to the Cancer Center. Less than a decade ago, the hospital also added
a new wing with a state-of-the art emergency room. Last week, the emergency
room opened a new Fast Track unit that will reduce the hospital’s
shortest-in-the-region wait times even further.
"With the commitment of Dr. Prim Reddy and the resources of Prime
Healthcare, we’ve been able to make significant investments in Saint
Michael’s,” Iannaccone said. “Saint Michael’s
is one of the most modern healthcare facilities in the region."
Throughout its history, Saint Michael's has been a pioneer in the medical
field. The hospital was the first in New Jersey to perform open-heart
surgery, and the first to develop a cardiac catheterization program. It
was also the first hospital to open an HIV testing center in New Jersey
and has tested and diagnosed thousands of cases of the disease since it
was first discovered in the 1980s. Saint Michael’s also opened one
of the first women’s breast center’s in the state, the Connie
Dwyer Breast Center.
"Saint Michael's has played an extraordinary role in the delivery
of modern healthcare in this city and region," said Dr. Claudia Komer,
the chief medical officer of the hospital. "The employees and medical
staff who work here embrace our role in the community and aspire to deliver
high quality medical care to all those who come through our doors."
The Rev. Ronald Slaughter, the pastor of Saint James AME Church and the
chair of Saint Michael's board, said the hospital plays a vital role
in the community. Slaughter was among those who rallied the community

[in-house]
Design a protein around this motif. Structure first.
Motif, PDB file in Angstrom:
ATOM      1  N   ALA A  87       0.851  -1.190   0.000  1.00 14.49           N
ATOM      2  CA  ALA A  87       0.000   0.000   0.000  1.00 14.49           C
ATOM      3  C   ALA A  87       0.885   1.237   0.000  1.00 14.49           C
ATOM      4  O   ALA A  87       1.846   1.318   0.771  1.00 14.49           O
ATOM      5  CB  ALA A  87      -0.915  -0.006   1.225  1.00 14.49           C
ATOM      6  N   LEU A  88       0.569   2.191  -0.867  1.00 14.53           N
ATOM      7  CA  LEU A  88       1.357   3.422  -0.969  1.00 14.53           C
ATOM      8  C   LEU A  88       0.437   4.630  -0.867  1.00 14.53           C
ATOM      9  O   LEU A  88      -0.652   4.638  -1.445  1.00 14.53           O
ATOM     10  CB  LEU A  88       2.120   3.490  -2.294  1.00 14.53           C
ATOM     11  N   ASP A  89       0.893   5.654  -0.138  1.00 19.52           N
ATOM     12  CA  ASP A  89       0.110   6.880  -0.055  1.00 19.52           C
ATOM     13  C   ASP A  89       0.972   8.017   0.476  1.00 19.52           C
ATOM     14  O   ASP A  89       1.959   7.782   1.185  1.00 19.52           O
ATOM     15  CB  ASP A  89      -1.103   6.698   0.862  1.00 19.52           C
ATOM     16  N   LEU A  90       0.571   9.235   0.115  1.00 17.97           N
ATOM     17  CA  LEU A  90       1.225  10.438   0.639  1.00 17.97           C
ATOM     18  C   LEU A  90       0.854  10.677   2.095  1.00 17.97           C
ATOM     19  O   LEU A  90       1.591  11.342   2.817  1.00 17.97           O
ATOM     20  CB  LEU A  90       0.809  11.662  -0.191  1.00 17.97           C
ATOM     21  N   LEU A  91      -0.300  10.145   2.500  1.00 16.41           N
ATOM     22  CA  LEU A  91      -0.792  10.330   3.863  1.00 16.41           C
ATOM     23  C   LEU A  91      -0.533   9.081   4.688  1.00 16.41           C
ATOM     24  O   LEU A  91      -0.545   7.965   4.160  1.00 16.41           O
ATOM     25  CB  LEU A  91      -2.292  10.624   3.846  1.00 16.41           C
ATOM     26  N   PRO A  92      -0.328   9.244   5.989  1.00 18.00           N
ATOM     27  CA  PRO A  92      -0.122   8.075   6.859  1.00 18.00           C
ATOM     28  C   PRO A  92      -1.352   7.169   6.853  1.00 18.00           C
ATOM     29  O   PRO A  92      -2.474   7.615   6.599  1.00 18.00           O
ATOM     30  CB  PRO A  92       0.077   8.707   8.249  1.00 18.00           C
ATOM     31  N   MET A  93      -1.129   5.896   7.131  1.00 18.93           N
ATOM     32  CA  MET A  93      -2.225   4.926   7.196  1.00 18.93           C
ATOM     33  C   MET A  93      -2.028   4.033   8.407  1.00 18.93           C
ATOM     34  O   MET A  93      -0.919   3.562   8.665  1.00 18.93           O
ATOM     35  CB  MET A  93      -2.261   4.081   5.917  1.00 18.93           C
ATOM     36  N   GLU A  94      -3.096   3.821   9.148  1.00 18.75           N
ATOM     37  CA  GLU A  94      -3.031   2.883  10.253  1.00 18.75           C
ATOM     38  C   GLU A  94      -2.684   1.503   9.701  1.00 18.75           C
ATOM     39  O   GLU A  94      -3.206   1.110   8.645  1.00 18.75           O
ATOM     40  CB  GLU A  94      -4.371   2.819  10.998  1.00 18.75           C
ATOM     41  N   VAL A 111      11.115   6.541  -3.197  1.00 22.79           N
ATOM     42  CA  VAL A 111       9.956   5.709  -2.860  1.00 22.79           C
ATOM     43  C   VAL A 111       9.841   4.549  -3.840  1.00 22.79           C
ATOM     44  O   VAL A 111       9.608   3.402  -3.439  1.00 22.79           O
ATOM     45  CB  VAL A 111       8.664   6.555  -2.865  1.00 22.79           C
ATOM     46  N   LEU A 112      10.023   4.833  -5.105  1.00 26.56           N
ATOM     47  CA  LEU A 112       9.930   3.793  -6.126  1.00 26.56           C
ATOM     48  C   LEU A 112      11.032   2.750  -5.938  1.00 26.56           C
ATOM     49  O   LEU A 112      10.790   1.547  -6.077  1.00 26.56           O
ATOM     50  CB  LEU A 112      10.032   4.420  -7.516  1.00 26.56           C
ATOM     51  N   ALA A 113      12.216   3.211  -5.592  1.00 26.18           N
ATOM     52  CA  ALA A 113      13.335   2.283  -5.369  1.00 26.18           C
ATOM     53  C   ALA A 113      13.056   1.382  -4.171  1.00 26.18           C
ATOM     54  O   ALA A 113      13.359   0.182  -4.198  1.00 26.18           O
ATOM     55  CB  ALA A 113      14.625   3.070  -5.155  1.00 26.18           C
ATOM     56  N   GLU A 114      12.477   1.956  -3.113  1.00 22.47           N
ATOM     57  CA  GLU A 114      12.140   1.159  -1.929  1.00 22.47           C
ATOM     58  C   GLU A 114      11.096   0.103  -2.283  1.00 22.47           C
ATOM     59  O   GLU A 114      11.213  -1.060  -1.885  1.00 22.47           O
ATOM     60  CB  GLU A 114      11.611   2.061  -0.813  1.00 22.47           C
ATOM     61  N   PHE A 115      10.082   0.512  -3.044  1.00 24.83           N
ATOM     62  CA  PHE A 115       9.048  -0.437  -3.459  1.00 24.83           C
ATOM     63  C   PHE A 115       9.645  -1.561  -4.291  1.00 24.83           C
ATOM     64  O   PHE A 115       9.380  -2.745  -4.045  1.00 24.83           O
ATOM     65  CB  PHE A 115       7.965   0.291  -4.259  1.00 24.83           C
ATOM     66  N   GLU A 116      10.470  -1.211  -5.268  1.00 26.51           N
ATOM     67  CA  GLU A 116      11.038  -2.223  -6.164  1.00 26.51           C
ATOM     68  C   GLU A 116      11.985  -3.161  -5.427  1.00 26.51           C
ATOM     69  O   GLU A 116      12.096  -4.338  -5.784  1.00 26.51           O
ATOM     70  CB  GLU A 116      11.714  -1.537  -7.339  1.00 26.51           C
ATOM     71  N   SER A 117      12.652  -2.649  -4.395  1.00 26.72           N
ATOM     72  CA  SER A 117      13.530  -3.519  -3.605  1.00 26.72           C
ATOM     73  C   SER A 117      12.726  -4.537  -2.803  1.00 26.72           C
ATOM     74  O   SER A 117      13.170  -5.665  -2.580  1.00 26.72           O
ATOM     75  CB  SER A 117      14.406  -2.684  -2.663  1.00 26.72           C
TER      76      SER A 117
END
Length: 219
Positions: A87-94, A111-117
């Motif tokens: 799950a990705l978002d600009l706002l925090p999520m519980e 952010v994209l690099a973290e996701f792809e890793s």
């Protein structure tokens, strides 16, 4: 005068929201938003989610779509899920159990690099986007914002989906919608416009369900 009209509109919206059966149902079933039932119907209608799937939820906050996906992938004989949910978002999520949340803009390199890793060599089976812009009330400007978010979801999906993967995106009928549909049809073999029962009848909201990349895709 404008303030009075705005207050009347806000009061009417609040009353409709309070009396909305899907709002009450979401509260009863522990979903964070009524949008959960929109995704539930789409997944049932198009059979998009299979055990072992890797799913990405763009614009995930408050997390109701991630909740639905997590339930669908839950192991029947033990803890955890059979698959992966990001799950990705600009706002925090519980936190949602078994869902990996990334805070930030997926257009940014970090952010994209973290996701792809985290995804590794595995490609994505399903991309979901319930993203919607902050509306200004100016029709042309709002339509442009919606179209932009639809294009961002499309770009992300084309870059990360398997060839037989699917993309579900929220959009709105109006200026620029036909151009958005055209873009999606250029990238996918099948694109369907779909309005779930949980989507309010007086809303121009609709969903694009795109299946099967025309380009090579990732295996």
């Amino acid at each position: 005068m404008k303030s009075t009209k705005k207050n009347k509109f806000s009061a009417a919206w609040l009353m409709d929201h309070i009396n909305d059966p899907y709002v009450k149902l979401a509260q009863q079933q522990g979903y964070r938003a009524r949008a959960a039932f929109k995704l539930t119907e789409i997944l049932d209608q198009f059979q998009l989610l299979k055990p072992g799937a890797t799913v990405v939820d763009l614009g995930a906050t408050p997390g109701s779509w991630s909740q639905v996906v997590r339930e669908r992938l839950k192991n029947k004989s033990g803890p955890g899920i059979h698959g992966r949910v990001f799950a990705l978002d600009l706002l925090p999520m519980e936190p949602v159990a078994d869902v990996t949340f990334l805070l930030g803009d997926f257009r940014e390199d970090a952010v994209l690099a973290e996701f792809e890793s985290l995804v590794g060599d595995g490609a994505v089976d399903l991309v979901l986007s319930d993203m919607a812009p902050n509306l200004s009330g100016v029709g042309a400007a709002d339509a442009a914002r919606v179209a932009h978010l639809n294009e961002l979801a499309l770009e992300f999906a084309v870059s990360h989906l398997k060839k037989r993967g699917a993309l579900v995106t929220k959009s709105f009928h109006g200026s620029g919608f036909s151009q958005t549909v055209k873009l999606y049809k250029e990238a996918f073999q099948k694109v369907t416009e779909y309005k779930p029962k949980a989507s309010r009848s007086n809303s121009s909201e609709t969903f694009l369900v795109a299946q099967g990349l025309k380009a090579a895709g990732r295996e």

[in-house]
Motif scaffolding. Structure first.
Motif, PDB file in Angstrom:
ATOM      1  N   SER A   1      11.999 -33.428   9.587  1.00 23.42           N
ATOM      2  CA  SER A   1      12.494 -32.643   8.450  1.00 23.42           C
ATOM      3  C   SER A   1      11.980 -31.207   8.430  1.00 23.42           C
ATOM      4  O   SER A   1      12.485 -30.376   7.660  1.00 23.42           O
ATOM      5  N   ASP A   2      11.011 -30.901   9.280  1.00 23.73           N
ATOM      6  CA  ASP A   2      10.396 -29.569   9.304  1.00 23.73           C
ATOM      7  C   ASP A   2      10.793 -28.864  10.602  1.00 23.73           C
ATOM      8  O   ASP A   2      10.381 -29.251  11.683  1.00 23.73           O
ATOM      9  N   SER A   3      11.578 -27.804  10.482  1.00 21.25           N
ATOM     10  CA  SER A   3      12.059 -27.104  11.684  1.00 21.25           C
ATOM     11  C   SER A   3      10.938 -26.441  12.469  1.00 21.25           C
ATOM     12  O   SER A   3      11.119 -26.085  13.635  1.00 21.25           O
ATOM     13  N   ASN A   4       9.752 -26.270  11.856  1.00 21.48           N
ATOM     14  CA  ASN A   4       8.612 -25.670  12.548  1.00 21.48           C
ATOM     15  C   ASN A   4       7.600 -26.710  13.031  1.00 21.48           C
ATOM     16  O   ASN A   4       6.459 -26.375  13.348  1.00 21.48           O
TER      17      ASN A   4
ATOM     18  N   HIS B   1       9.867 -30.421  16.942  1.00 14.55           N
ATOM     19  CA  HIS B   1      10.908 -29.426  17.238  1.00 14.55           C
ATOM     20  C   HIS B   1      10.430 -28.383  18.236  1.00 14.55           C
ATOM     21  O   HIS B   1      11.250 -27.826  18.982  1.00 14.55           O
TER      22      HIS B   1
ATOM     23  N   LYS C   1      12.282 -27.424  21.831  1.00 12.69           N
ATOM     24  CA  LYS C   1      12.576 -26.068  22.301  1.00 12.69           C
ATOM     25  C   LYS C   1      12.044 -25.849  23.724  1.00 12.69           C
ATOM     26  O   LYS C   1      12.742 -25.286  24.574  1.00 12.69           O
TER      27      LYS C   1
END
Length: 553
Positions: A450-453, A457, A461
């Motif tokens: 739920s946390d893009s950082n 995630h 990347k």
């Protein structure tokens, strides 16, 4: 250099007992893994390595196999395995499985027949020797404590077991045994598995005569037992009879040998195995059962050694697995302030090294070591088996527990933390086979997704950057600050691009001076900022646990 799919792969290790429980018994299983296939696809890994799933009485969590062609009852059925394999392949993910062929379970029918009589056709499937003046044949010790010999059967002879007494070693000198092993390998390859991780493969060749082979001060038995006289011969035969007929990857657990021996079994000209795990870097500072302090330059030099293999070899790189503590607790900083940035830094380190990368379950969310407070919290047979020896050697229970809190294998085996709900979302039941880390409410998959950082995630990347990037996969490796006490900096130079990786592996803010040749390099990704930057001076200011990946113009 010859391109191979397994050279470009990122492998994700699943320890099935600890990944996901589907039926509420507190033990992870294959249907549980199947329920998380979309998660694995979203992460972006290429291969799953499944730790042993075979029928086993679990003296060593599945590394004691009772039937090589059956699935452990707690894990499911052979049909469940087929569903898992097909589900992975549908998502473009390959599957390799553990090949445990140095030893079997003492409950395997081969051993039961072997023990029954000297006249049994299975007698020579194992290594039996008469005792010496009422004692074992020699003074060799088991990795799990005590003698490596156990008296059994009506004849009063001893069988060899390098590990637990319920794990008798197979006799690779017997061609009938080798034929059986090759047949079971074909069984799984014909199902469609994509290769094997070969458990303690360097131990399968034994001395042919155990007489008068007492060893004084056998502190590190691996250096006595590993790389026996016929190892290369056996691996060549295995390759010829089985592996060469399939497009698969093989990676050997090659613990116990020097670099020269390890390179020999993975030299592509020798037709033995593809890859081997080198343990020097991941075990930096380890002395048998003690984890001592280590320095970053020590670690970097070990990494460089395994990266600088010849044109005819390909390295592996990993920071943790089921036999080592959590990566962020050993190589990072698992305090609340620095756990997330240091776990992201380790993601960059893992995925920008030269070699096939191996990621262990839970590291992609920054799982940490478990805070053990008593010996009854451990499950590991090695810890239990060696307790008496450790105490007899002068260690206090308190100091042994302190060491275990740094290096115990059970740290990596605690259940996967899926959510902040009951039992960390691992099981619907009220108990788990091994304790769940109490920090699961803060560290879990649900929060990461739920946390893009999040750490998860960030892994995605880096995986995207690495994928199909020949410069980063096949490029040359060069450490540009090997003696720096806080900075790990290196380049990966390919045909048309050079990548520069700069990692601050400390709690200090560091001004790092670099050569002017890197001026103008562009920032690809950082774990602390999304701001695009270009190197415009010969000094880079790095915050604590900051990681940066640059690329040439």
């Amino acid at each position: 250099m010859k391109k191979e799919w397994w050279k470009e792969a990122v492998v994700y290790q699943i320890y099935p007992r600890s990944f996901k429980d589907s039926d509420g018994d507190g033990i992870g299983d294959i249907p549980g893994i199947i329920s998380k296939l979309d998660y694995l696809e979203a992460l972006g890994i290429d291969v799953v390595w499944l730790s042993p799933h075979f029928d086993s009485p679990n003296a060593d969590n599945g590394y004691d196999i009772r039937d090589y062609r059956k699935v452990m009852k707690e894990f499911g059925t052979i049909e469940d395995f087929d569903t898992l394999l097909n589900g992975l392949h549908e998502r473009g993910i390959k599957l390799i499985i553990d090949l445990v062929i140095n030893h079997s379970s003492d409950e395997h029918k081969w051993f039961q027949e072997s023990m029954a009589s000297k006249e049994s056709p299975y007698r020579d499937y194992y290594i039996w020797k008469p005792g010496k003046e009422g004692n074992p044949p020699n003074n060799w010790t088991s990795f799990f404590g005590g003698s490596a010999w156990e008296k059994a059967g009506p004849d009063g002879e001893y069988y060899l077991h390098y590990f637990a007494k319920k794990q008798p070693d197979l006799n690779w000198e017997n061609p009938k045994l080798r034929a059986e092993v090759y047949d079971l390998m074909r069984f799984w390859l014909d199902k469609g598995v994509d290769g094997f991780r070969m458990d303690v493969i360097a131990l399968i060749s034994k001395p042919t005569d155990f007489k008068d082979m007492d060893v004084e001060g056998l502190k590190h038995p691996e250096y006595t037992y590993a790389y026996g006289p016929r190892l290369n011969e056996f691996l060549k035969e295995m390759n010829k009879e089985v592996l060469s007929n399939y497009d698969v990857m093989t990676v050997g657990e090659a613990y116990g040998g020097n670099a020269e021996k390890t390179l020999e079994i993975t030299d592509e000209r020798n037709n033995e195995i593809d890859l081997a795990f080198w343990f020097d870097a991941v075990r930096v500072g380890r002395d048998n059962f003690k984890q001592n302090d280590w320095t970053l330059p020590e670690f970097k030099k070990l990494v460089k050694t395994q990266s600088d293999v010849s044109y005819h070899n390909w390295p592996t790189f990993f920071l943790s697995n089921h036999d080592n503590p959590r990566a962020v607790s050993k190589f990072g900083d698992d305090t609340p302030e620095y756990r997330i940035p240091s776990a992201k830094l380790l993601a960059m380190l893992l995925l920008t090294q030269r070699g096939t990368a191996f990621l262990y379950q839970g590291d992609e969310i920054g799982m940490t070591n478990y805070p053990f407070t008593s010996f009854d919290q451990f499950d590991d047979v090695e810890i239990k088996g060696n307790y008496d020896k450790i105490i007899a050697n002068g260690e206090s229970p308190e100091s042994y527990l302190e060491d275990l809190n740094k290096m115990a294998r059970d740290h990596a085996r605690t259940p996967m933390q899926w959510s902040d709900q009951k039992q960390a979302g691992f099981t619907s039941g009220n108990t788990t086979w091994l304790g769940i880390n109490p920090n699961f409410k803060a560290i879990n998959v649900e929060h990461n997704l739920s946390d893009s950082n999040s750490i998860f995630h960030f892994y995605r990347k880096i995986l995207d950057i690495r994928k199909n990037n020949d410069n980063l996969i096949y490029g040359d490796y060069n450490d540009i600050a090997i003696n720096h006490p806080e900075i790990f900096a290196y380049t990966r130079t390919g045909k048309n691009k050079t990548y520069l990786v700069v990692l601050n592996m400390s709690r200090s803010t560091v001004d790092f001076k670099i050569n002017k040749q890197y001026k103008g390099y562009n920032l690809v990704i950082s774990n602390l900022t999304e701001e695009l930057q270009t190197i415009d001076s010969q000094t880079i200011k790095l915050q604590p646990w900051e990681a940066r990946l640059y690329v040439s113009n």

to support the sale of Saint Michael's to Prime. At the time, a state-commissioned
report recommended the hospital be closed as an acute-care facility.
"One of the reasons that I was so passionate about saving Saint Michael's
is the vital role it plays in our community," said Slaughter, whose
church is among the largest in Newark. "If Saint Michael's wasn't
here, our community’s access to healthcare would be severely hampered.
Saint Michael's survival was vital to the community."
Central Ward Councilwoman Gayle Chaneyfield Jenkins said Saint Michael's
is one of Newark's thriving institutions that not only provides healthcare,
but jobs to local residents.
"Saint Michael's is an economic engine in this city," said
Chaneyfield-Jenkins, who lead the charge on the City Council to save the hospital.
Chaneyfield Jenkins also noted that the hospital sits amid a growing residential
community, with thousands of new housing units built or in the planning stages.
"As Newark's Central Ward and business center continues to grow,
all of these new residents will be looking for high quality health care,"